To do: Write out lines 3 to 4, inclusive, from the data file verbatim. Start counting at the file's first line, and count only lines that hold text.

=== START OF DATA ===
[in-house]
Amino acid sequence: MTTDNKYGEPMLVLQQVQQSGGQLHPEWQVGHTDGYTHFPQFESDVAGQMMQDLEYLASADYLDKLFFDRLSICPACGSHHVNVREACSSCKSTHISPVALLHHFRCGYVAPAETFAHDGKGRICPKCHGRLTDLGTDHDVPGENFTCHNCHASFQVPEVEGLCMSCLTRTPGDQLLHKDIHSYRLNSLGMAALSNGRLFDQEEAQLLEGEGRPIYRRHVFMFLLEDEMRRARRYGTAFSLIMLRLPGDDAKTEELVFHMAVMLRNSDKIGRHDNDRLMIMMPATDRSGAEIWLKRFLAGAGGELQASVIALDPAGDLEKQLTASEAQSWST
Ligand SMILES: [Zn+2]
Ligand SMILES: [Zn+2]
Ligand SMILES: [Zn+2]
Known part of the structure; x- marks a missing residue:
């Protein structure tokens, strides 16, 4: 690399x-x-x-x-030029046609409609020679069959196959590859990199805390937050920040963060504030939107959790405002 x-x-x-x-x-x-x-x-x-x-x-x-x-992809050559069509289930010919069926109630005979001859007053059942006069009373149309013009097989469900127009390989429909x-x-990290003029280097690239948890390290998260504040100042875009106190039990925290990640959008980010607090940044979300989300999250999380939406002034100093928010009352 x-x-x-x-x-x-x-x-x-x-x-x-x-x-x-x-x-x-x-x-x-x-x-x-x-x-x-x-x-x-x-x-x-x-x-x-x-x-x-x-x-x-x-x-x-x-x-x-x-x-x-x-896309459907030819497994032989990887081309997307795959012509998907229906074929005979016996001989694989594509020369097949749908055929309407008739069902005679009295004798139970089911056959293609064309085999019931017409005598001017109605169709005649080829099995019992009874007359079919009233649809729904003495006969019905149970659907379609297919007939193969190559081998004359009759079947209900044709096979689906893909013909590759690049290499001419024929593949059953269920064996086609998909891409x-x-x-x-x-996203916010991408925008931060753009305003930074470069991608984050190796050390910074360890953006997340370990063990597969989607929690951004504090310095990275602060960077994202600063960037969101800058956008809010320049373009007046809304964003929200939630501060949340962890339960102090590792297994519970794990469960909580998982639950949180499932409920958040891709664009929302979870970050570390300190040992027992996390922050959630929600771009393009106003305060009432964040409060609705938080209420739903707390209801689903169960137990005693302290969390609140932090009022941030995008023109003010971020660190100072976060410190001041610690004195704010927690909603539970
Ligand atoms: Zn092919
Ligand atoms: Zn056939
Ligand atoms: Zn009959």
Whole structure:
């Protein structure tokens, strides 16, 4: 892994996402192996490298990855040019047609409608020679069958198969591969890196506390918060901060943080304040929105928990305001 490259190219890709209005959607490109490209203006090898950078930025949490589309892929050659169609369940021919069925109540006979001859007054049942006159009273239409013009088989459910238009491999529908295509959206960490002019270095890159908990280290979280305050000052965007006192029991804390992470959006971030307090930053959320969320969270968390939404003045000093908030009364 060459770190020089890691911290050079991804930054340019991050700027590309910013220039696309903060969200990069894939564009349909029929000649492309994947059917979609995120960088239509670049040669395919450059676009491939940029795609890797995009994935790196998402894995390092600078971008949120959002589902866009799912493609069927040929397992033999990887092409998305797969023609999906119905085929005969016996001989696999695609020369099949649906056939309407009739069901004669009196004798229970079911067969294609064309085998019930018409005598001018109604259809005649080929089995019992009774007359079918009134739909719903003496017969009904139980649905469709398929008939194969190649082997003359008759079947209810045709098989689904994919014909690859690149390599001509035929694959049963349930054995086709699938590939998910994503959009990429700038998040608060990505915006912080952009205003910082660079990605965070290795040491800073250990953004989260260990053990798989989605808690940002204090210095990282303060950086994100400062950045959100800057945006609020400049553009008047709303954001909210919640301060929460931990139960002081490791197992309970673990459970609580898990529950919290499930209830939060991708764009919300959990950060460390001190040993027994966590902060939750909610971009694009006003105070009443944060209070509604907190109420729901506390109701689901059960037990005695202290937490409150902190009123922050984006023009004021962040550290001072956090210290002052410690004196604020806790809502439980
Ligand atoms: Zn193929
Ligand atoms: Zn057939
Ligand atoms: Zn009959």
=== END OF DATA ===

Ligand SMILES: [Zn+2]
Ligand SMILES: [Zn+2]